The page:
LOS ANGELES – The Los Angeles County Sheriff’s Department was strongly rebuked in a report by the county Office of Inspector General for using a highway enforcement team that stopped thousands of Latino drivers in search of drugs on the Golden State (5) Freeway through the Santa Clarita Valley, prompting allegations of racial profiling.
The Office of Inspector General report said the team “had a constitutionally troubling impact on Latino drivers” and that Latinos were targeted at a much higher rate, but the team’s ability to stop the flow of drugs in the Santa Clarita Valley “was unclear,” the Los Angeles Times reported Friday.
The team’s actions also had “the potential to negatively impact the public’s trust” in the department, the report said.
The report slammed the department for allowing the team to “operate unchecked” until then-Sheriff Jim McDonnell suspended the unit on Nov. 16, 2018.
The inspector general’s report found “Latinos were both stopped and searched at much greater rates than other racial or ethnic groups, and yet, there was a very low rate of success in finding contraband.” Less than 2% of stops on the Golden State Freeway between the Kern County line and the Antelope Valley (14) Freeway resulted in the discovery of drugs, the report found.
Nearly one-third of the cases given to federal prosecutors were dismissed, including two cases in which a deputy’s history of being investigated for lying to federal prosecutors about properly obtaining consent to search a vehicle, were cited as reason for dismissal, the report found.
Federal prosecutors told the sheriff’s department in 2014 about credibility problems with a deputy assigned to the team and failed to act, the report stated.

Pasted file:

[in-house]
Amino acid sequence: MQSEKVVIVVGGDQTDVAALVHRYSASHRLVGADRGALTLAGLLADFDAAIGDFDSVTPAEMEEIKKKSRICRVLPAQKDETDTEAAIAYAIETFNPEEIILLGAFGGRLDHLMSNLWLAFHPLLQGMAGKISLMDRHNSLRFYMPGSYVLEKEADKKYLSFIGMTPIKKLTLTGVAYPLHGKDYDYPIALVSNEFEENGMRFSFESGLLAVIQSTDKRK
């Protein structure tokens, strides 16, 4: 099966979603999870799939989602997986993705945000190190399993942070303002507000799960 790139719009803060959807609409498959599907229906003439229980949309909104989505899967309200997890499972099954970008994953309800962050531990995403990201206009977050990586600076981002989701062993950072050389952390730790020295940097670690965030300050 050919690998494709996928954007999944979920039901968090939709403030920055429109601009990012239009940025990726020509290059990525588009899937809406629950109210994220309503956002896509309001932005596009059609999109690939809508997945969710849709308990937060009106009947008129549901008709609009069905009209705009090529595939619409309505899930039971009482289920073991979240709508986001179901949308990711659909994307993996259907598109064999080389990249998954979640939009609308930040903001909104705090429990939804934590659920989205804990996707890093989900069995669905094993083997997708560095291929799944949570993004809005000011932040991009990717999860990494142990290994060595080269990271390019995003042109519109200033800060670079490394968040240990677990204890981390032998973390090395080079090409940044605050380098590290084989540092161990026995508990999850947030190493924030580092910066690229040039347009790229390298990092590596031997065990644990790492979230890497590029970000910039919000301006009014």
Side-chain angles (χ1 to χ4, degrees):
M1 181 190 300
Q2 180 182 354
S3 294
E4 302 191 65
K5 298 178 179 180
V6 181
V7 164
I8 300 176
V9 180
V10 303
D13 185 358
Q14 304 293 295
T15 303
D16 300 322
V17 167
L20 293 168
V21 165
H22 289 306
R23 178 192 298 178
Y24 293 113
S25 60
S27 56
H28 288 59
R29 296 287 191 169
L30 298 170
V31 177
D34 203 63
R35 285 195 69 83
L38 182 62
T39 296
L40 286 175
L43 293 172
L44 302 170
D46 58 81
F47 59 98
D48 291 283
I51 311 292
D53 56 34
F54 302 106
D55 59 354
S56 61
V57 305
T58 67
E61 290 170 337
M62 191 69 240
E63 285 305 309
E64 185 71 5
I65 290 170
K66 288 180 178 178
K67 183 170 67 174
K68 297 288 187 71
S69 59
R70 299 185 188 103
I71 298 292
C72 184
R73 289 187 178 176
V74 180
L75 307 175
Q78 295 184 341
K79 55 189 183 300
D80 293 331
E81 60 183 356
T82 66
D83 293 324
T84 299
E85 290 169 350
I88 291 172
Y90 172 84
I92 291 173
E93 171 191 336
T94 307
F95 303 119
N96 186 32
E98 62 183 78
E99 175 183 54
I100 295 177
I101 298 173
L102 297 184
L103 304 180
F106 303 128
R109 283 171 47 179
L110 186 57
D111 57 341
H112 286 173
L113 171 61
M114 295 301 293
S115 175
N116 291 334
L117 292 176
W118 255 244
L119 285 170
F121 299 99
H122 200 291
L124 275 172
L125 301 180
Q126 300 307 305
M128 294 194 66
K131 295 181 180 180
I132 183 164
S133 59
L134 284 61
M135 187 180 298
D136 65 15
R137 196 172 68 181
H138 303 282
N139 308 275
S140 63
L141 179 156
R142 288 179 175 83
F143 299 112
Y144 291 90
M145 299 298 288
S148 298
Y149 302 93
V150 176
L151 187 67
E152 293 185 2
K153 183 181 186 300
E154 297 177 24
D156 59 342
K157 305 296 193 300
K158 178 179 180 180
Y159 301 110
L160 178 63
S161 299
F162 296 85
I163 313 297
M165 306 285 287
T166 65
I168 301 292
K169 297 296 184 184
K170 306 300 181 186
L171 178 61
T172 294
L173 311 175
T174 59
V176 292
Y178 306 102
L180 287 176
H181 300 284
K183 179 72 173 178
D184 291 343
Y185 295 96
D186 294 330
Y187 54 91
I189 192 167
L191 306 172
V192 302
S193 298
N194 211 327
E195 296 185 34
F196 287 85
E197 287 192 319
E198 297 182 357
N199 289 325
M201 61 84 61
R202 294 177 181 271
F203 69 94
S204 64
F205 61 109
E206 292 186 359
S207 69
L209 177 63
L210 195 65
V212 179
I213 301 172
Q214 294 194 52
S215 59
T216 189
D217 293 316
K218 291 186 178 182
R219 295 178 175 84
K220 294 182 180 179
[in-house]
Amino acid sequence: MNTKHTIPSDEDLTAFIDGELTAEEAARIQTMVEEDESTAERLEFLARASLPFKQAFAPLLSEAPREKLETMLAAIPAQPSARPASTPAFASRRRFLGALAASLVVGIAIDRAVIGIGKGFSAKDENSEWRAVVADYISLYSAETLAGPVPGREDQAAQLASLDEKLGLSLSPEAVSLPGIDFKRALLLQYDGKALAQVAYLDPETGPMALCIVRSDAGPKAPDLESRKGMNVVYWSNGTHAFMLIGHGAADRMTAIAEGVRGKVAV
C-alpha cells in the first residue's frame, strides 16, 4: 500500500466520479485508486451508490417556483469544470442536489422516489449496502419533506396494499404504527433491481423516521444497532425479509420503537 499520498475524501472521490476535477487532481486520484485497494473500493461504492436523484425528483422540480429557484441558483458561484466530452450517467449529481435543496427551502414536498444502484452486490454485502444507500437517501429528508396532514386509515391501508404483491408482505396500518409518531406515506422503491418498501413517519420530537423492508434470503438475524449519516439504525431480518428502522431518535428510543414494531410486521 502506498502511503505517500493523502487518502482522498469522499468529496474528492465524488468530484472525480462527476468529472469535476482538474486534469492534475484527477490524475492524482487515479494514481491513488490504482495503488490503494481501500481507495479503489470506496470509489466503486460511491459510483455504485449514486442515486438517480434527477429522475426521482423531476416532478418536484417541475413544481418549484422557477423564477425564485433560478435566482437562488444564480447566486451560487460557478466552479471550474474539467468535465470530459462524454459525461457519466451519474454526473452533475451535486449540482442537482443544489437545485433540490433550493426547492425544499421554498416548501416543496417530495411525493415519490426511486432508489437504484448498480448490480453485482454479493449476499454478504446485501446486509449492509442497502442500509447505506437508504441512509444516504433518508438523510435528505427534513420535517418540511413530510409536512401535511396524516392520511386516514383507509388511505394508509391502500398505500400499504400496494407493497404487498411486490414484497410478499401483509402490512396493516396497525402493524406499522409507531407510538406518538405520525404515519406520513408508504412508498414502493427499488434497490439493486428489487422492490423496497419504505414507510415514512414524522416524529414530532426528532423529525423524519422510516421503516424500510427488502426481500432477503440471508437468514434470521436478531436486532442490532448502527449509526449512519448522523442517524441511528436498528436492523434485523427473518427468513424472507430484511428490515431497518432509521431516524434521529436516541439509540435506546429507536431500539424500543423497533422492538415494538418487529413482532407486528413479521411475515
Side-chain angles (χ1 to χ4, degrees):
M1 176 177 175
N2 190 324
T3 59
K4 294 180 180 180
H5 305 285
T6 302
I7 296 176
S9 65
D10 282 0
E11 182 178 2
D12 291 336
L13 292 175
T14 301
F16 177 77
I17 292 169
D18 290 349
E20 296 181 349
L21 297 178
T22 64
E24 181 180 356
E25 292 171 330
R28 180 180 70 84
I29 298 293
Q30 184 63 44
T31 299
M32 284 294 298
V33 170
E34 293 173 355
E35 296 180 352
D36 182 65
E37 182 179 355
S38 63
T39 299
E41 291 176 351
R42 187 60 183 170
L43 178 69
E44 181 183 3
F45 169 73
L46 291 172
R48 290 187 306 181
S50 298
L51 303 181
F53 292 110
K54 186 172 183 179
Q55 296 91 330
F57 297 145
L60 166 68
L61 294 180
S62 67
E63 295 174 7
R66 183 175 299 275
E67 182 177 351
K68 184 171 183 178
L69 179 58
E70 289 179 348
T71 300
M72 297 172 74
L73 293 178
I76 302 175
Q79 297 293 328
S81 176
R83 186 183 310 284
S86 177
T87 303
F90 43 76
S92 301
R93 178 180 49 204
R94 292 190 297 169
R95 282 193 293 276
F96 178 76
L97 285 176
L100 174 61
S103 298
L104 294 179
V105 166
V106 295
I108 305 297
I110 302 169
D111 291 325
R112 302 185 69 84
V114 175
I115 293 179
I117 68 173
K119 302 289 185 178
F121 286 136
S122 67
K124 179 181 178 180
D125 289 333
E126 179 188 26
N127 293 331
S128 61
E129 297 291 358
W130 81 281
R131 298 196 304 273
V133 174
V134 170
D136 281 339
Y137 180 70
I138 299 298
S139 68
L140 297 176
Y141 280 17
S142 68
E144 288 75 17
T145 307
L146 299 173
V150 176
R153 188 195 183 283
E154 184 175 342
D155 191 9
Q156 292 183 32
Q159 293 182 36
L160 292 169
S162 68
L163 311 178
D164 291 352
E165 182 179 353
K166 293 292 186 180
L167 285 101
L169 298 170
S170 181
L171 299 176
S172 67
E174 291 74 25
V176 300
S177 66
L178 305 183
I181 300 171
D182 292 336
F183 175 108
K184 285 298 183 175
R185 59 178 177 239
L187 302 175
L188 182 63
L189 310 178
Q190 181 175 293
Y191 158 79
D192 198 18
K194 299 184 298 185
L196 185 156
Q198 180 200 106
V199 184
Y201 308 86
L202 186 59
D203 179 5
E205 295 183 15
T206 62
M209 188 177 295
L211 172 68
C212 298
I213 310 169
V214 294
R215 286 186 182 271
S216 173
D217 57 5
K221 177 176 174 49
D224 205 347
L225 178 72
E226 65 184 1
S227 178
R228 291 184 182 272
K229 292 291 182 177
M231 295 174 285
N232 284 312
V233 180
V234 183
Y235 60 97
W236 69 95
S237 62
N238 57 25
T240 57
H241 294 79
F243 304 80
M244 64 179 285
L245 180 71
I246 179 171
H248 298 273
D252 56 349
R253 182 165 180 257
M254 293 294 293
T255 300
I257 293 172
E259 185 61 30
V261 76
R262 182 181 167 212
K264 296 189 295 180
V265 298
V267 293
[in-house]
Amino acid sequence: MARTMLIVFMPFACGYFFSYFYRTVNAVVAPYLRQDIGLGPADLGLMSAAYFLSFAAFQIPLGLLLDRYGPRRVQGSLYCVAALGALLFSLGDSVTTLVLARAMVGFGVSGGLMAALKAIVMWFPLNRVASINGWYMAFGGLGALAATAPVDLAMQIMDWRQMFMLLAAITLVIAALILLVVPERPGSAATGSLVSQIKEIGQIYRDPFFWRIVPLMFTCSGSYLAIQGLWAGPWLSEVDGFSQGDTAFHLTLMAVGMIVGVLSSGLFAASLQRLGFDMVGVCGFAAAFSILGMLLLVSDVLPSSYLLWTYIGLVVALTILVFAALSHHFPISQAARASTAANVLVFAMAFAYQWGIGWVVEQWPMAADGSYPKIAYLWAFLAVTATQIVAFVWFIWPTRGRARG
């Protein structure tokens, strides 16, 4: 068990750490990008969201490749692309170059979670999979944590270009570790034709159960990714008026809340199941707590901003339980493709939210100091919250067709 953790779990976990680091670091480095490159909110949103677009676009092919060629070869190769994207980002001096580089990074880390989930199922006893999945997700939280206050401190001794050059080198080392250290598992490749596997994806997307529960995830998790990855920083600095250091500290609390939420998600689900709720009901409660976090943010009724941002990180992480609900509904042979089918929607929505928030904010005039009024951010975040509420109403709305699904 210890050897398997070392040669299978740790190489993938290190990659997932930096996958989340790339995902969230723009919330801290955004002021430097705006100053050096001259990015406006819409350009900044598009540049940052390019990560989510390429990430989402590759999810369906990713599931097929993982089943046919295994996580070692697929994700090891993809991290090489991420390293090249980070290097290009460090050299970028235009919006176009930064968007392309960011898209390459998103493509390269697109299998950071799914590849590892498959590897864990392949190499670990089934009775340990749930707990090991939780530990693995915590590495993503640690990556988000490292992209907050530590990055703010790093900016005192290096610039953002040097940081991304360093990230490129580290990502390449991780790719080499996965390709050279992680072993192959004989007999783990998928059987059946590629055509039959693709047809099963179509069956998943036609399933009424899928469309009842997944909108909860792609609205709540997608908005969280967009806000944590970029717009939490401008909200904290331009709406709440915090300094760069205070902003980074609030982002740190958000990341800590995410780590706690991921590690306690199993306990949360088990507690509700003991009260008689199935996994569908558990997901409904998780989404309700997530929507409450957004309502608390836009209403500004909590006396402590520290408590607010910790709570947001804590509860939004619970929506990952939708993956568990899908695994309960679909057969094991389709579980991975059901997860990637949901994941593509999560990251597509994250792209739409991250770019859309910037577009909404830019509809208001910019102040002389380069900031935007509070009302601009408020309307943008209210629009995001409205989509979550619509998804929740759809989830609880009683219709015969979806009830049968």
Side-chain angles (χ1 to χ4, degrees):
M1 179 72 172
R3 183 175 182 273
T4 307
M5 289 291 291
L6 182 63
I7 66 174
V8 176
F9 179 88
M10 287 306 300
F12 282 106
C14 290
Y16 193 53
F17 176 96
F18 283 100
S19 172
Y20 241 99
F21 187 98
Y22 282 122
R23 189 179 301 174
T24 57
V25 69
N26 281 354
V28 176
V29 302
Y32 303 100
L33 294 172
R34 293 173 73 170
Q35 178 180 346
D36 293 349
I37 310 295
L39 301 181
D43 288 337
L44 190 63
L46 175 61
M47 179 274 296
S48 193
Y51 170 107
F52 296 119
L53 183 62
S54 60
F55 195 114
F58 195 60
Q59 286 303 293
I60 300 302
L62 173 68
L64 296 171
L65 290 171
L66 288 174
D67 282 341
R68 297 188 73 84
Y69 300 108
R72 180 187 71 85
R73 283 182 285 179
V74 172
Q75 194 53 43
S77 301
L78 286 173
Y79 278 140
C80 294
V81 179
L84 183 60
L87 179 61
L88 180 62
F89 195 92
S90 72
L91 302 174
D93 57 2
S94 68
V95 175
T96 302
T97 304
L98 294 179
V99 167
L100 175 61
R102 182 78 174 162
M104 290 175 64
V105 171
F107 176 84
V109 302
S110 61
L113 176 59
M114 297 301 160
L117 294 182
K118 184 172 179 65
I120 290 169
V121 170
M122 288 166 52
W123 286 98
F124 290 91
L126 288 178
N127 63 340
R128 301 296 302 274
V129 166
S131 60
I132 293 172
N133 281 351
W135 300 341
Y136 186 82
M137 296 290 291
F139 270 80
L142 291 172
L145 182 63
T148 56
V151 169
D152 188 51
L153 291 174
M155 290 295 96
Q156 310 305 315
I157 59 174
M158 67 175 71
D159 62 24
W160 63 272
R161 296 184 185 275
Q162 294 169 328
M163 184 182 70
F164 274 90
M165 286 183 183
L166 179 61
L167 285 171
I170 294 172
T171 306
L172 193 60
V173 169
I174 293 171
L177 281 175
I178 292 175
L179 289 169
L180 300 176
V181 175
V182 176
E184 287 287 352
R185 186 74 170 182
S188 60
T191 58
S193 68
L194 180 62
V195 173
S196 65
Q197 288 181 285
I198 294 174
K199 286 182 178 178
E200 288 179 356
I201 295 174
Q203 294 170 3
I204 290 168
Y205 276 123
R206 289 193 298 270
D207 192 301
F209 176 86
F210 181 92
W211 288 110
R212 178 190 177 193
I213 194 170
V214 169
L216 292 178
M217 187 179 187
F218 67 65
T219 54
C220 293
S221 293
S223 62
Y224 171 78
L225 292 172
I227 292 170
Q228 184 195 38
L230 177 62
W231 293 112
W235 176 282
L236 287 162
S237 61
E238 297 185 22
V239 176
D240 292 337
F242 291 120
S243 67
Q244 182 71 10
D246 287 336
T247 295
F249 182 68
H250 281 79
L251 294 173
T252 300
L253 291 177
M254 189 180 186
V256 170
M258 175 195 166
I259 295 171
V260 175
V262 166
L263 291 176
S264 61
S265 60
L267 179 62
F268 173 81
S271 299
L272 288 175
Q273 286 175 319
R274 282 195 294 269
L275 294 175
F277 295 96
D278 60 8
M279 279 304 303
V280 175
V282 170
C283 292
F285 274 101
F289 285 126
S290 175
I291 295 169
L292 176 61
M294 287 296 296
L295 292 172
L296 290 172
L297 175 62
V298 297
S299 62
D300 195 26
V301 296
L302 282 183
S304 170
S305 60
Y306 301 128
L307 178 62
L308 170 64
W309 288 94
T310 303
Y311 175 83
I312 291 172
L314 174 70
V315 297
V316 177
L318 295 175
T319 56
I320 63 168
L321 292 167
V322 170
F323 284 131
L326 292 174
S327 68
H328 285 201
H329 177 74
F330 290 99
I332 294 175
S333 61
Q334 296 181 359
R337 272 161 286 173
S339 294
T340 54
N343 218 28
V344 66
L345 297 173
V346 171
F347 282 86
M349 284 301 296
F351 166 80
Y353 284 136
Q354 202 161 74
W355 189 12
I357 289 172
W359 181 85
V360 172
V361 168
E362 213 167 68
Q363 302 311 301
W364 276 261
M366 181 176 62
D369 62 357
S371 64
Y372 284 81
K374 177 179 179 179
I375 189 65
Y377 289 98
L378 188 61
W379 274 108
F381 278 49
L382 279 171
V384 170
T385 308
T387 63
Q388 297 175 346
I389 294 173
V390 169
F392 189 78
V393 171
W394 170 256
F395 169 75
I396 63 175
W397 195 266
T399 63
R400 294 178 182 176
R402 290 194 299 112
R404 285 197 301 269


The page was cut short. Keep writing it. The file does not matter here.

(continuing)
The inspector general’s office also cited problems with oversight of the team, which was created in 2012 in response to public concerns about what the sheriff’s department was doing to stop the flow of drugs between the northern border of Los Angeles County and Santa Clarita, the Times reported.
The Office of Inspector General’s investigation into the activities of the Domestic Highway Enforcement Team followed a report in the Los Angeles Times that almost 70% of drivers stopped from 2012 through last year were Latino and those drivers had the highest chance of being asked by a deputy to consent to a search of their vehicle. The report found just 6% of those searches turned up illegal items.
Based on that information, the sheriff’s department should have been aware that minorities were being pulled over at higher rates than other ethnicities, the report said.
Deputies on the team have denied racial profiling and insisted that they base their stops only on a person’s driving and other impartial factors. McDonnell has said he was proud of the team’s work, which included confiscating 3,500 pounds of drugs and rescuing six victims of human trafficking.